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Weathering a stock market crash was the last item on the checklist of milestones that robo-advisers had to reach before they’re considered a 100-per-cent legitimate way to invest.

Robos passed their stress test in 2020. In a pandemic where stocks were buried and then resurrected, new clients flocked to robos and robo portfolios held up reasonably well. The 2020-21 Globe and Mail Robo-Adviser Guide shows you how it all went down at 11 different firms. One name change since last year’s guide: WealthBar is now CI Direct Investing.

As always, the guide includes key comparative information like minimum account size, types of accounts available and the provinces and territories served. This year, there is also a close-up look at how portfolios are built, as well as costs and returns. There’s a special crash-test close-up of returns for the three months ended March 31, which was when the worst of this year’s stock market plunge happened.

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Robo-advisers are an ideal investment solution for people willing to pay a modest fee to have a portfolio of low-cost exchange-traded funds built to their requirements and then managed on a continuing basis. Investing with a robo is simple – you add money to your account any time and it’s invested for you. Via app or website, you can track your progress and fees paid.

This version of the Robo-Adviser Guide is based on a close-up look at each firm’s growth portfolio, which would be of interest to someone comfortable having most of their assets invested in the stock market, who keeps their cool in market declines and who has at least 10 years to go until they need their money.

A snapshot of the asset mix for each firm’s growth portfolio is shown, along with fees at various asset levels and returns in the near and medium term. One way to benchmark recent returns for robo-adviser growth portfolios is to compare them with the Vanguard Growth ETF Portfolio (VGRO-TSX), which offers a completely diversified portfolio for growth investors in a single package. This ETF lost 14 per cent for the three months to March 31 and made 7.1 per cent for the year to Sept. 30. Note that VGRO’s returns do not reflect the portfolio management fees charged by robos, which average around 0.5 per cent.

Evaluating robos on past returns alone is a mistake. Look at fees and an approach to portfolio building that makes sense to you. Some firms stick to broad stock and bond categories, while others add sub-sectors like long-term bonds and small-capitalization stocks.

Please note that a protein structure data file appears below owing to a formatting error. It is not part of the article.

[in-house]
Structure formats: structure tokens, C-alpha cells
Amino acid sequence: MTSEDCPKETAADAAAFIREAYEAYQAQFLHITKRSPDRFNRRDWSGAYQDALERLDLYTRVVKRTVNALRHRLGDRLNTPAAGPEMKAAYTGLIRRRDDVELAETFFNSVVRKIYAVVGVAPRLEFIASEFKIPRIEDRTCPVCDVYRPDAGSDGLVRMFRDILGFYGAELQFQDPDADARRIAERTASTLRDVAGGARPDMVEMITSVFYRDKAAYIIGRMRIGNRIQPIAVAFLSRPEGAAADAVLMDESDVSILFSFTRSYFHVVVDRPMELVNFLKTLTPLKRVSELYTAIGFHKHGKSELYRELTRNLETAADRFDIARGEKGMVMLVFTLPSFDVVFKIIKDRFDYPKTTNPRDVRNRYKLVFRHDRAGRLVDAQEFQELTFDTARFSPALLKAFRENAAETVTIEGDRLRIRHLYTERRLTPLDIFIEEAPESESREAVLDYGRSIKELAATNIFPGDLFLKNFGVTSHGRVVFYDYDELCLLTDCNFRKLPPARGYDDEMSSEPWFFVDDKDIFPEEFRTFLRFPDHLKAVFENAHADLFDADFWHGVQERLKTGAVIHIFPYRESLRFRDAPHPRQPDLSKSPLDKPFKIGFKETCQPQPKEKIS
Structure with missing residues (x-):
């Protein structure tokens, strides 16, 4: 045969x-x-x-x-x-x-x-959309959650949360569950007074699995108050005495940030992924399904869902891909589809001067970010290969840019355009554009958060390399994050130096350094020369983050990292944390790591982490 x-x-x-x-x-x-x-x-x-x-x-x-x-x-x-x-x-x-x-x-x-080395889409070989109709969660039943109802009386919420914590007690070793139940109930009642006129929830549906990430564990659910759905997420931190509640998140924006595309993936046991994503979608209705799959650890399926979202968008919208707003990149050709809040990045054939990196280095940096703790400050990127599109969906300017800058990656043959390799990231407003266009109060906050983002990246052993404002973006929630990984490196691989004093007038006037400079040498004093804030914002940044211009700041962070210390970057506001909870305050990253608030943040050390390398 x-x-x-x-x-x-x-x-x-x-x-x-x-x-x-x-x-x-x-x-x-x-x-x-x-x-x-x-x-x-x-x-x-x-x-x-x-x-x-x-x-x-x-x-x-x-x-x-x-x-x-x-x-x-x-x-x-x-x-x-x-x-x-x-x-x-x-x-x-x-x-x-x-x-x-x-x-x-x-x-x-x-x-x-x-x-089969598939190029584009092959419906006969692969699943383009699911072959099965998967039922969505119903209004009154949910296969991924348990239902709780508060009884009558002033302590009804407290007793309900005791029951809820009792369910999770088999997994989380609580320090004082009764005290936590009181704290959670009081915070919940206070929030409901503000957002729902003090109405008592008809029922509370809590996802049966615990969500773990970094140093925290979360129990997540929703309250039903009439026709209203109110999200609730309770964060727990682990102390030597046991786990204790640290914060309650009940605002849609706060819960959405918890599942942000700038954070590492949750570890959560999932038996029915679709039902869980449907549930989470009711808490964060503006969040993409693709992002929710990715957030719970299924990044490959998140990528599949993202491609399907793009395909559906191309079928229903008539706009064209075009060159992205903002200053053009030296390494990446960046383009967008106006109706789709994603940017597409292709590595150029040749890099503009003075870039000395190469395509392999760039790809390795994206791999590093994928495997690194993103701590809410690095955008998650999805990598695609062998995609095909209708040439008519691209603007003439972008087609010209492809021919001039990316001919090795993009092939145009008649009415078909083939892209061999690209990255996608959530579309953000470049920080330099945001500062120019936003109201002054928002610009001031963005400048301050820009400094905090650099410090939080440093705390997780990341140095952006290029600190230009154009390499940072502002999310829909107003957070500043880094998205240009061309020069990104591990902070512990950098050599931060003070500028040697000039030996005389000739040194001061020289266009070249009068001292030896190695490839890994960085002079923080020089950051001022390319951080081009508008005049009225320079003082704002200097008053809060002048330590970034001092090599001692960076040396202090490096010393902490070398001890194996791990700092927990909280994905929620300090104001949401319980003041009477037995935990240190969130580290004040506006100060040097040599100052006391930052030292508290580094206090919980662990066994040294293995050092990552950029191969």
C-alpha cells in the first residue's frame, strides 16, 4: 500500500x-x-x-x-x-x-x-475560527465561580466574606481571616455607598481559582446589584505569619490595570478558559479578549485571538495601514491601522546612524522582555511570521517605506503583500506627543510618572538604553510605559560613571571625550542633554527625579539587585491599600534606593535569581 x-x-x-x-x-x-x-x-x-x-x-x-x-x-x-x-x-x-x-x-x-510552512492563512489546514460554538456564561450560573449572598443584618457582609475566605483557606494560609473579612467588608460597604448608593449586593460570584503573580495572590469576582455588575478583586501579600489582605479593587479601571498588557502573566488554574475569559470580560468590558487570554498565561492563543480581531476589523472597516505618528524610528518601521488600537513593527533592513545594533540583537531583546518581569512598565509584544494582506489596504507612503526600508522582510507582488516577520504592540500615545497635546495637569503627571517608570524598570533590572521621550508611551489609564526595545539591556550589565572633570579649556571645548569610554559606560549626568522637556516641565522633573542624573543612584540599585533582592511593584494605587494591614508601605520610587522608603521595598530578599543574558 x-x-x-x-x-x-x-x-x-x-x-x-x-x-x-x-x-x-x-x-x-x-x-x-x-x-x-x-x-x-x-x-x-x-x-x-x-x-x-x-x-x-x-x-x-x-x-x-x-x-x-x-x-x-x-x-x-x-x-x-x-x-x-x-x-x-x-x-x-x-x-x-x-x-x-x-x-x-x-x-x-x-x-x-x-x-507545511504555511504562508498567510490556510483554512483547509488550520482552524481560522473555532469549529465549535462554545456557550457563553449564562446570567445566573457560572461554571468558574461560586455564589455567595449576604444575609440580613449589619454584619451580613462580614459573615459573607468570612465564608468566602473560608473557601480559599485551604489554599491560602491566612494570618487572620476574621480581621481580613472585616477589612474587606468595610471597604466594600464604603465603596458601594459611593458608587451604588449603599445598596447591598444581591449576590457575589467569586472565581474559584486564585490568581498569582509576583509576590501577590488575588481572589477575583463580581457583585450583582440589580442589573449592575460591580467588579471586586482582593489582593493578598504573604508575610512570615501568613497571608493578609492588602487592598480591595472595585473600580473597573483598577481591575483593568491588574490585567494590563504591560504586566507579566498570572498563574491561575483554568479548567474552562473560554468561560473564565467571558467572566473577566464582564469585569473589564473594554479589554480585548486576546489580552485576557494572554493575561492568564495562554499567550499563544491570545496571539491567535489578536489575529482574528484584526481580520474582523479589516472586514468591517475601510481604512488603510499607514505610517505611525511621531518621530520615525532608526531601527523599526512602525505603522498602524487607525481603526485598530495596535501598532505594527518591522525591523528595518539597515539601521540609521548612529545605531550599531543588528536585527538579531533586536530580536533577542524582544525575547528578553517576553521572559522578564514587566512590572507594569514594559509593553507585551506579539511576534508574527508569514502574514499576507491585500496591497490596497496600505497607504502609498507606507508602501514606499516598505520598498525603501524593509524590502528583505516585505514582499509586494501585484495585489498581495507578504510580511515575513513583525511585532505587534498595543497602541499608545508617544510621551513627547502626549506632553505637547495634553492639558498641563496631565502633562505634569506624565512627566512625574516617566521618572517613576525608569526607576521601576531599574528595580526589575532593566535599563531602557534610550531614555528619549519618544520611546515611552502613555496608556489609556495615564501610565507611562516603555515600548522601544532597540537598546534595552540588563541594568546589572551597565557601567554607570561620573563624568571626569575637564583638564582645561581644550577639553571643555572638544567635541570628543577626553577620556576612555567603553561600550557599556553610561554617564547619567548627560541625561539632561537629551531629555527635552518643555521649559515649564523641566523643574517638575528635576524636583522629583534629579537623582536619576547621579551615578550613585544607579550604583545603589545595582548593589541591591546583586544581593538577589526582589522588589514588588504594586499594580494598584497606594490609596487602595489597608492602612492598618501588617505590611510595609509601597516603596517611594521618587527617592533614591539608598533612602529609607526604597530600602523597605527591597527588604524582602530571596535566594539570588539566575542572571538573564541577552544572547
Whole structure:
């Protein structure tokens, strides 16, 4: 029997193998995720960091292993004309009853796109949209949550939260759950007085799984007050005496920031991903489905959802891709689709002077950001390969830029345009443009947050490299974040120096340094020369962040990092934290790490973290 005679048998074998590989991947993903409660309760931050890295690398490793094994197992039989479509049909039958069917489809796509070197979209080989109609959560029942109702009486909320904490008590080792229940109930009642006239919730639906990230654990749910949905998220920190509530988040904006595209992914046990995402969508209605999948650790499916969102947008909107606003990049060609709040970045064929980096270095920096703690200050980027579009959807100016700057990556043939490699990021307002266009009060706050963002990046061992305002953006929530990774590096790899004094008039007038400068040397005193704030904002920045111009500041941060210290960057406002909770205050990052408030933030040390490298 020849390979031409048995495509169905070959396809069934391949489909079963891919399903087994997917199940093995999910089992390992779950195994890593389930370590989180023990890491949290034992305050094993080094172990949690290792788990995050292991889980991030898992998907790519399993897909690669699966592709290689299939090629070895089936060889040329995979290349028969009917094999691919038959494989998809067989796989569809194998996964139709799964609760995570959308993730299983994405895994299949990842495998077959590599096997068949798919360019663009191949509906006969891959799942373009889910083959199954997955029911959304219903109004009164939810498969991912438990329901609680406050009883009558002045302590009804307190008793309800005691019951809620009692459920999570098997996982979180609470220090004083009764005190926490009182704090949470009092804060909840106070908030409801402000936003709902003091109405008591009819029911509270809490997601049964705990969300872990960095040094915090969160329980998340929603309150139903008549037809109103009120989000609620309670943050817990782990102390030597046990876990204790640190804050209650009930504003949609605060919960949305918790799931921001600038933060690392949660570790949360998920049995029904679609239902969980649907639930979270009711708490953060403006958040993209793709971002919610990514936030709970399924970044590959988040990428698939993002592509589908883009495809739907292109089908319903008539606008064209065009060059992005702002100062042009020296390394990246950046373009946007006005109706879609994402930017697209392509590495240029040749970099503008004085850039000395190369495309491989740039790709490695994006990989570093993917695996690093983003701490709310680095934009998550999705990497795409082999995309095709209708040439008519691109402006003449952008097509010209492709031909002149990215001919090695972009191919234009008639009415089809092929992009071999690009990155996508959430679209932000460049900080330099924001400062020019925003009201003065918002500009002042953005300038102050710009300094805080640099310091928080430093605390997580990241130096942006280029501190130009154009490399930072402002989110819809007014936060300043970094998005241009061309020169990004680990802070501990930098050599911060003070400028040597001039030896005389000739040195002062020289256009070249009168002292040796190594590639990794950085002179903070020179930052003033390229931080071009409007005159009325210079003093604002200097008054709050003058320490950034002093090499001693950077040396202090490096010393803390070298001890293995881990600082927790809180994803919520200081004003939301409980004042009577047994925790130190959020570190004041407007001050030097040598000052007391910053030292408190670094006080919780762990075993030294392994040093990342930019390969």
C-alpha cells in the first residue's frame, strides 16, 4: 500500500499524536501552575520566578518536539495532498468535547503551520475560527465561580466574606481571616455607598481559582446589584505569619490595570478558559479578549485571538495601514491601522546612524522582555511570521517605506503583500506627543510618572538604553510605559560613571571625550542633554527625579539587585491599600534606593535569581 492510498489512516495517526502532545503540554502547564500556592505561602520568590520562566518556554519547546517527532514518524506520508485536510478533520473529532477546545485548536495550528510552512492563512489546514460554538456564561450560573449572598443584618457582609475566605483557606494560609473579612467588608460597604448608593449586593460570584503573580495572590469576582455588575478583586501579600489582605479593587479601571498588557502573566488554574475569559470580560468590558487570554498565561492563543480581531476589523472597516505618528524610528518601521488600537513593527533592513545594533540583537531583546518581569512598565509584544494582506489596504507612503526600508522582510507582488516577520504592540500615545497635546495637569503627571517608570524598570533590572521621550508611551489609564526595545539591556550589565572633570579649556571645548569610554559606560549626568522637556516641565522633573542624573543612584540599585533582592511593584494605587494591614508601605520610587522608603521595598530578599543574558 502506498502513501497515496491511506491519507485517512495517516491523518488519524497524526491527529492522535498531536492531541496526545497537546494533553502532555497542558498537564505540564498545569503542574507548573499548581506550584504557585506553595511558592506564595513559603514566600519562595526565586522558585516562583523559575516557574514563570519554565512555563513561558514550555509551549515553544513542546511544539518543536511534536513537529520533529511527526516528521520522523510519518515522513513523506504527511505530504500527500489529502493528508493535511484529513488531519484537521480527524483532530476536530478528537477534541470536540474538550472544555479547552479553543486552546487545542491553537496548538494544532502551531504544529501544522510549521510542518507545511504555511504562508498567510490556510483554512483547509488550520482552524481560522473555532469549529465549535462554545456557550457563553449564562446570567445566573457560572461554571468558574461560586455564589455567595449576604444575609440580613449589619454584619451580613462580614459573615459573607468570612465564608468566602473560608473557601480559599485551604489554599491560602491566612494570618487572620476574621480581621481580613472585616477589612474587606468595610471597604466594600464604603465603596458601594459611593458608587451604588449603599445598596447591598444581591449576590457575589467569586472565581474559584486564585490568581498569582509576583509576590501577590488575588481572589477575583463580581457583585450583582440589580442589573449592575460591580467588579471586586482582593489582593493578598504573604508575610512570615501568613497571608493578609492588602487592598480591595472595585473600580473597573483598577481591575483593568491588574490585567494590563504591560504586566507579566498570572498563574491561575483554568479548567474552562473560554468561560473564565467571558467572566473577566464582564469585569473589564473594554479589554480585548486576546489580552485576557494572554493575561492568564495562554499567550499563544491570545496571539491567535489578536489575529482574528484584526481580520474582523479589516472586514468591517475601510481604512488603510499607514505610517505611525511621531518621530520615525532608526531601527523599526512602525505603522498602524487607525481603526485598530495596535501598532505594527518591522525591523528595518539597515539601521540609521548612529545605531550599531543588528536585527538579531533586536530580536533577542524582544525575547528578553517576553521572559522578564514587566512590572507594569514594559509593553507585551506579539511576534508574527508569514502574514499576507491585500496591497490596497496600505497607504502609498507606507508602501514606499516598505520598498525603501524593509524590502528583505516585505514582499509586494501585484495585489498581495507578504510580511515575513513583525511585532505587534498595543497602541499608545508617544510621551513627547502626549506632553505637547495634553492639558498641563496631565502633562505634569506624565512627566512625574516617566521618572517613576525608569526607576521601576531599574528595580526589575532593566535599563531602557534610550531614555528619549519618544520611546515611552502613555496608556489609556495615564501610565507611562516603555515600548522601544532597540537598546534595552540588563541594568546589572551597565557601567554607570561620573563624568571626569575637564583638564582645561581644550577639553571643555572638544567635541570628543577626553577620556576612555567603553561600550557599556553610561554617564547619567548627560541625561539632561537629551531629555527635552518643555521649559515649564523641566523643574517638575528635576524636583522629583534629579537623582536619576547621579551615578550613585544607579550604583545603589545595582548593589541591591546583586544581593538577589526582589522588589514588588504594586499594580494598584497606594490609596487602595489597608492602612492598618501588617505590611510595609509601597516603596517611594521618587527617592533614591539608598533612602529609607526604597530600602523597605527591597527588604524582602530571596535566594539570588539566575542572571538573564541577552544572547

Here are some robo-adviser basics that will help you get the most value from this guide:

  • What robo-advisers invest your money in: The most common investments are index-tracking ETFs, which are called passive investments because there’s no active stock-picking involved; a few firms mix in mutual funds or pooled funds.
  • Account opening: Paperless account-opening with e-signature is standard, so there’s no need to fill out paper forms and send them in.
  • Fees, part 1: Most robos charge for their services through a portfolio management fee applied as a percentage of account assets; some firms may have a minimum monthly charge or a flat monthly amount based on account size; portfolio management fees vary widely and differences can add up to thousands of dollars a year for large accounts. Modern Advisor and Nest Wealth do not charge portfolio management fees on accounts of less than $10,000.
  • Fees, part 2: An additional cost is the management expense ratio on the ETFs in a robo account; investors don’t pay the fee on the ETFs – it’s deducted by ETF companies off their gross returns (net returns are reported to investors).
  • Fees, part 3: Commissions for buying and selling ETFs in your account are generally included in the portfolio management fee. Exceptions: Nest Wealth charges $4.99 a trade with a cap of $100 a year; Smart Money Invest charges 1 cent a share with a $4 minimum per trade.
  • What the portfolio management fee buys you: Setting up a portfolio to match your needs, investing money proportionately in all your funds when you make contributions to your account and periodic rebalancing – selling hot ETFs and buying cold ones – to bring you back to your target mix of stocks and bonds. You can also talk to people at robo firms to discuss your portfolio.
  • Security: Assets are typically held by third-party or related investment dealers that are members of the Canada Investor Protection Fund, which protects eligible account assets for up to $1-million against dealer insolvency.
  • Contact: You can speak to someone at your robo by phone and, often, through some combination of secure e-mail, live online chat and Skype. Some firms offer a dedicated portfolio manager to talk to.


Click here to download an Excel version of the guide.

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Source: Rob Carrick, company websites. EM = emerging markets; ST, LT = short-term, long-term

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